Let's say that someone has a report with attributes a and d (and d is classified), I want to be clear that in this context attribute a would also be classified.


I think I'm better understanding what I need to do but need to make sure I communicate it clearer than I'm doing here!


As a fake but more concrete example, let's say I need to publicly report on the ages of people that purchased my product.


18 year olds: 5000 units

19 year olds: 2000 units



so in that context the age attribute is public.


But the customer name is, let's say confidential so I want to be clear that the age when identified with a specific person is very much not public e.g.

John Doe 18 years old

Jane Doe 19 years old


Let me know if I'm making any sense and if you have any suggestions.




Community Champion

Another aspect of the KISS principle.  Classify  at the "document" or "table" level, not the "paragraph" or "attribute" level.


The entire purchase history database would remain confidential, including its "age" attribute. 


From that confidential database, you generate a "sales by age" report.  This extract itself is newly created data to which has its own a public classification. The original (non-aggregated) data does not change classification.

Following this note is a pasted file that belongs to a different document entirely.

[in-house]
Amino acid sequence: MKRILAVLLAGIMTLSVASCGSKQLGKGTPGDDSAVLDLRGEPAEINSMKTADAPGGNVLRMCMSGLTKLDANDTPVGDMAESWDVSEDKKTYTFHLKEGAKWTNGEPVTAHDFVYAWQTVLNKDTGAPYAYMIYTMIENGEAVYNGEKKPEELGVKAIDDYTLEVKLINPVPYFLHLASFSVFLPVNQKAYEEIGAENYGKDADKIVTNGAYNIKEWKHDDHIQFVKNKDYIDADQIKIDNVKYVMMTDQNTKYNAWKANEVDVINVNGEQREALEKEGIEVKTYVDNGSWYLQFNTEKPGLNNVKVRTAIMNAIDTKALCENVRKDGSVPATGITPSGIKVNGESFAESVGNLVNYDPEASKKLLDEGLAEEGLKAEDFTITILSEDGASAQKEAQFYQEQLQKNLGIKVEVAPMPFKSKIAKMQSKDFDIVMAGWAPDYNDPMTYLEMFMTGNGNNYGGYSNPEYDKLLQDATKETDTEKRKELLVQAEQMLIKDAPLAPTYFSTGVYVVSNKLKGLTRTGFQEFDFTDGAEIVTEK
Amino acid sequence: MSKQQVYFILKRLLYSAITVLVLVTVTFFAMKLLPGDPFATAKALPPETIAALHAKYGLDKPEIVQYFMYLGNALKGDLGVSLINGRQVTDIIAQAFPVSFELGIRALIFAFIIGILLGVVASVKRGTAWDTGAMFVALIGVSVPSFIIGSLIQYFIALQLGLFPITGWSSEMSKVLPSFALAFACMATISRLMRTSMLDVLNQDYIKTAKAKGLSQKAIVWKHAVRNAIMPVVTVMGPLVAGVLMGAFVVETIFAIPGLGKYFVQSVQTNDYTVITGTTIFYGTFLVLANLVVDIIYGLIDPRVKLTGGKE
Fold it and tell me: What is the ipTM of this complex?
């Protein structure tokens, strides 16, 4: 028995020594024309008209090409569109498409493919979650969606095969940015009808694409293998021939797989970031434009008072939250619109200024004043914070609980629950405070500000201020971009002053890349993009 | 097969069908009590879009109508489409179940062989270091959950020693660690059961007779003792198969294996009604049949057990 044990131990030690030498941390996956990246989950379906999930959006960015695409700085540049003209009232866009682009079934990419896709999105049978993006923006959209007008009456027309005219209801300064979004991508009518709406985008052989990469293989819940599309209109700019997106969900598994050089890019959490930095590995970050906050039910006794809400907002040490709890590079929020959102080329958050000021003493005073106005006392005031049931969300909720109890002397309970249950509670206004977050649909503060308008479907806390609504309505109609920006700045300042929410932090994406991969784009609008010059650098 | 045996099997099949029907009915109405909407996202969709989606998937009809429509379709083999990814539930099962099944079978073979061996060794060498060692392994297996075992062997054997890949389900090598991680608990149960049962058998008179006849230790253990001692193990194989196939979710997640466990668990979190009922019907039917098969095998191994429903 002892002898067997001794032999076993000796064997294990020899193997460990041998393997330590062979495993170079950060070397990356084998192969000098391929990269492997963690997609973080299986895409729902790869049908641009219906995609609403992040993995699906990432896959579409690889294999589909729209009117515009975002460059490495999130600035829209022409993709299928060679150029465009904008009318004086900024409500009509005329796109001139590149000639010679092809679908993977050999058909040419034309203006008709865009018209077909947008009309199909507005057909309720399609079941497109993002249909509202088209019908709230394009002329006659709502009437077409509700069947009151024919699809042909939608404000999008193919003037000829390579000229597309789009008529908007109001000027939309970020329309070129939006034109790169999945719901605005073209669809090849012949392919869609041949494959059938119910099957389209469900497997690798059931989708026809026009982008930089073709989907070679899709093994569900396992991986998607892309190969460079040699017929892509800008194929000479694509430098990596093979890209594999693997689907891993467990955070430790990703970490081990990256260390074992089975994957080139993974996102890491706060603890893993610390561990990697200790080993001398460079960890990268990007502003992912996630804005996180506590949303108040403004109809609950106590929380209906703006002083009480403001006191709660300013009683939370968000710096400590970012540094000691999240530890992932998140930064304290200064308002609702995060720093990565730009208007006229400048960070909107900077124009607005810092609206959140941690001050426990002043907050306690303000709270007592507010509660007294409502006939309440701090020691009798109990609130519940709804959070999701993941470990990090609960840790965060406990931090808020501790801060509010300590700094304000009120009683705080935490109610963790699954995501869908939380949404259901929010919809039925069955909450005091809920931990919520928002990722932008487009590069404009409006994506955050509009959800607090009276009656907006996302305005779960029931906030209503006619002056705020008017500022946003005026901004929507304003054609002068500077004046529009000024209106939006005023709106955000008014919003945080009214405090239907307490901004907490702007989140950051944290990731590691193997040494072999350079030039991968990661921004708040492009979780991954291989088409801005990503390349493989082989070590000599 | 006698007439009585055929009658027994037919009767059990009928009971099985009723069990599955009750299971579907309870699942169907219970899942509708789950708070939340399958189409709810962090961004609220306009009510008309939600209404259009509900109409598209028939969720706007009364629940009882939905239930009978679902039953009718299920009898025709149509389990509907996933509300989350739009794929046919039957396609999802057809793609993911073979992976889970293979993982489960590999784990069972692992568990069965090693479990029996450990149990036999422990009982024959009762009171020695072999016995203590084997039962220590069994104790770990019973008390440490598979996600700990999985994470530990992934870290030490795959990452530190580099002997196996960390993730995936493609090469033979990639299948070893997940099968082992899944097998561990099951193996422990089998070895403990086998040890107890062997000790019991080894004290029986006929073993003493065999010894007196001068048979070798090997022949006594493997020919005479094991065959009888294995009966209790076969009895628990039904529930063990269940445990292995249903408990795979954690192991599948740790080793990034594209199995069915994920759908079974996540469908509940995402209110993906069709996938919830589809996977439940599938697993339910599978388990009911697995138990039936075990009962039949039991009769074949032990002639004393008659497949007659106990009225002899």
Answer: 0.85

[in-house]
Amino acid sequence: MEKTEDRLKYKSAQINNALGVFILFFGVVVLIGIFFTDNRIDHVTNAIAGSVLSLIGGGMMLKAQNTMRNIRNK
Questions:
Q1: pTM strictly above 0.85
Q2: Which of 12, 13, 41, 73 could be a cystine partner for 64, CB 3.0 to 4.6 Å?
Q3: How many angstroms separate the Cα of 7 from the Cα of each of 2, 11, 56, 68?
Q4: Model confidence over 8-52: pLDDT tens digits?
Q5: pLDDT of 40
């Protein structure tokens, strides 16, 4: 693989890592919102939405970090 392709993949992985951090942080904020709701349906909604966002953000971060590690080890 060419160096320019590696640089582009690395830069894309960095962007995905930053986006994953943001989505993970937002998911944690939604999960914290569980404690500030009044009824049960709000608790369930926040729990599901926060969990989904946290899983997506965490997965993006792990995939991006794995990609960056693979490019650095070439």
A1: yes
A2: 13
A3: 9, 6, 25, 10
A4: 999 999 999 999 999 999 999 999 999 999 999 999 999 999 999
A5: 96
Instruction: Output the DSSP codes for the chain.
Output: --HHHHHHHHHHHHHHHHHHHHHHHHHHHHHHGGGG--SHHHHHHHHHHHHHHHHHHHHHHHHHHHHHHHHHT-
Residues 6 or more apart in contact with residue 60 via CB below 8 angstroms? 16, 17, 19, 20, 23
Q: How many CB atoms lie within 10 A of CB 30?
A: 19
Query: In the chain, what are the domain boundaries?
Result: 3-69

This can scale to wholesale copying the non-confidential columns into a new table that has a different classification.  Even though the age data is "the same", the confidentiality level can vary based upon the table from which it was retrieved.


Kinda like when we are under NDA -- we can not confirm/deny the secret, but we can quote a press release that does just that.

Community Champion

This is how I would approach.


  1. The entire row that includes all of the fields would be considered PII and confidential
  2. Identify which fields are direct identifiers, (e.g., names, phone numbers, and other information that unambiguously identifies an individual) and indirect/quasi identifiers, (e.g., identify multiple individuals and can be used to triangulate on a specific individual).
  3. Do I need to omit any fields due to any local laws, federal regulations, or anything not covered under contract?
  4. Identify what identifiers and combinations of are not appropriate for public use (should be in a policy)
  5. Perform a risk assessment to determine the likelihood and impact of a linkage attack for the identifiers deemed public access
  6. Create specific canned reports or read-only reports that the fields can't be edited as @denbesten suggested
  7. Awareness training as @jzwickisuggested

I'm sure I missed something but I hope this helps. Number 4 can be tailored to identify what's acceptable instead if you find it's less work and makes more sense. I'd say it would probably be a waste of time to identify every combination but rather state that no direct identifiers will be made public and only 3 indirect identifiers (or whatever number you settle on after conducting the risk assessment) can be included together as public information.